Archive for narrator

Criticising Narrators In Hadeeth, By Ibn Rajab

Posted in Hadith Studies with tags , , , , , on April 25, 2015 by TheAuthenticBase

Ibn Rajab said:

“As for the people of knowledge and understanding and those who adhere to the sunnah and the Jamaa’ah, then indeed they only mention the defects of the hadeeth out of sincerity to the religion and in order to preserve and safeguard the Prophet’s sunnah and to identify what befell the narrators of hadeeth from error, forgetfulness, and weakness.

This type of criticism was not required for other than weak and defective hadeeths. Rather, in their view, this strengthened the authentic hadeeths, since they were free from these defects and errors. So these individuals are the ones who are truly aware of the sunnah of the messenger of Allaah. And they are the great intellectual critics who criticeze the hadeeth after having skillfully and efficiently examined them in order to discredit the fake from the authentic…

[Sharh ‘Ilal At-Tirmidhee, 2/808]

Elsewhere he said:

“The righteous Imaams went to great lengths in forsaking the weak sayings (opinions) of some of the scholars. And they refuted them with the highest degree of refutation, as Imaam Ahmad used to censure Aboo Thawr and others in their opinions that they were alone in saying. And he went to great extremes in refuting them in these opinions…

[Al-Farq Bayna An-Naseeha Wat-Ta’yeer, p.30]

Criticising Narrators Without Any Fear

Posted in Hadith Studies with tags , , , , , , , , on January 1, 2015 by TheAuthenticBase

From among the righteous Salaf, there were men, who knew no fear when it came to criticising narrators, regardless whether that man was a ruler or the lowest man in society.

Likewise, they did not fear the blame of anyone, nor did they hesitate to proclaim openly any defect found in narrators.

It was said to Yahyaa Ibn Sa’eed Al-Qattaan:

“Do you not fear that these whose narrations you have abandoned will be your opponents before Allaah on the Day of Judgement?”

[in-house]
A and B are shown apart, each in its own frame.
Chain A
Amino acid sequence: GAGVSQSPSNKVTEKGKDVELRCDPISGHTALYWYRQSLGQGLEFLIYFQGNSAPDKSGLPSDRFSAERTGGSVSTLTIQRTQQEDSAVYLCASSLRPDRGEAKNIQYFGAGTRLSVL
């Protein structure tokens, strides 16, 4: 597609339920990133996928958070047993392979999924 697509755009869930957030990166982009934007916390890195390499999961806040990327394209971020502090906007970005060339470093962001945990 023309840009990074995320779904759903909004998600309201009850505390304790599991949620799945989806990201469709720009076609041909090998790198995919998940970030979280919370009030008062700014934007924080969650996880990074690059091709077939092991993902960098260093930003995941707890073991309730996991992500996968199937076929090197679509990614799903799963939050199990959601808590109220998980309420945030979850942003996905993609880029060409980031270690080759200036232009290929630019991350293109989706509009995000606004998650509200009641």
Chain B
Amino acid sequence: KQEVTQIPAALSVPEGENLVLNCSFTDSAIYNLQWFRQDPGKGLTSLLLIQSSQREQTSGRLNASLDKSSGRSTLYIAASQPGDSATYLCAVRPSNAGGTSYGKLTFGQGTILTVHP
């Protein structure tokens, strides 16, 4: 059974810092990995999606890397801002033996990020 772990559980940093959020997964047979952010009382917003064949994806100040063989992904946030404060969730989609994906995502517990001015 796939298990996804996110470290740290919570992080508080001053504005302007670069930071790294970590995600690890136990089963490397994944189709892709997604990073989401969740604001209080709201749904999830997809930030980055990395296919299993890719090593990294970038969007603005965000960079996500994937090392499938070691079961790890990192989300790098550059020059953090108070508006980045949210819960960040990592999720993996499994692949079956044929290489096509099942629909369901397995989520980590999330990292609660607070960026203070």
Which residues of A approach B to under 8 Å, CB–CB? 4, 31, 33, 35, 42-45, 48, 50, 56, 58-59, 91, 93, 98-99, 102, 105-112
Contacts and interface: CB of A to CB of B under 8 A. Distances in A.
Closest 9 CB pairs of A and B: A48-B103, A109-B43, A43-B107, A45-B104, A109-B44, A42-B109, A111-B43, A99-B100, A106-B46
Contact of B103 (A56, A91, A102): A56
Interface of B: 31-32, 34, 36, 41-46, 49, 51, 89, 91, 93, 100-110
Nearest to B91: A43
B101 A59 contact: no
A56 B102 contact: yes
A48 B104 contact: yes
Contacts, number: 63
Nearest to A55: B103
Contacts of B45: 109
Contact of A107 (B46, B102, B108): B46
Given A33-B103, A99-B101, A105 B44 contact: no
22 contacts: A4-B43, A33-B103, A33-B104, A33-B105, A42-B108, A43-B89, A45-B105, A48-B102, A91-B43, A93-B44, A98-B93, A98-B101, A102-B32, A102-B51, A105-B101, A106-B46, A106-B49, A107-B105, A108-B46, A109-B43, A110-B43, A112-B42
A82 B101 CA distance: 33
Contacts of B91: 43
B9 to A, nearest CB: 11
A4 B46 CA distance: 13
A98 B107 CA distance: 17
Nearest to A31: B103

He said:

For these to be my opponents is more beloved to me than for the Messenger of Allaah (saw) to be my opponent, saying to me, ‘Why did you not expel lies from my hadeeth?‘ “

[Quoted in “The Sunnah And Its Role In Islamic Legislation” p.130]

An Orientalist’s View On The Isnaad System

Posted in Hadith Studies with tags , , , , , , , , , , on February 9, 2013 by TheAuthenticBase

A contemporary Christian author, Asad Rustum, a former history professor at the American University in Beirut, wrote a book about historical narrations. In his book, he depended on the principles of hadeeth criticism, admitting that they consist of the best methods to authenticate historical reports and narrations. He wrote in chapter 6:

“The achievements of the scholars of hadeeth in this regard, over hundreds of years, are indeed worthy of wonder and respect. Here are some of the exact phrases we relate to you from their books to show you their scholarly precision and to acknowledge their contribution and favor to history.”

He then begins to relate from Imaam Maalik, Imaam Muslim, Al-Ghazaalee, Al-Qaadee ‘Iyaad, and Ibn As-Salaah.

Some Conditions For Accepting Narrations

Posted in Hadith Studies with tags , , , , , , , , , , , , on February 6, 2013 by TheAuthenticBase

Scholars lay down rules that explained in detail the criteria for accepting the narrations of a narrator and for rejecting them. The following four groups constitute the most important categories of narrators whose narrations are not accepted:

1) The liars who lied upon the Messenger of Allaah (saw). The scholars agree that narrations of hadeeth are not accepted from one who lied even once about the Prophet (saw). They also agree that it is one of the greatest sins to lie about the Prophet (saw). See this post for more info on whether a liar in hadeeth is a disbeliever or not.

2) The liars. Those who lie in their general talk, even if they never lied about the messenger of Allaah (saw). Scholars agree that if someone is known to have lied even once, then his narrations are not accepted. IMaam Maalike said, “But if one repents for his lies and then becomes known for truthfulness and uprightness, then the majority of scholars hold that both his repentance and narrations are accepted.”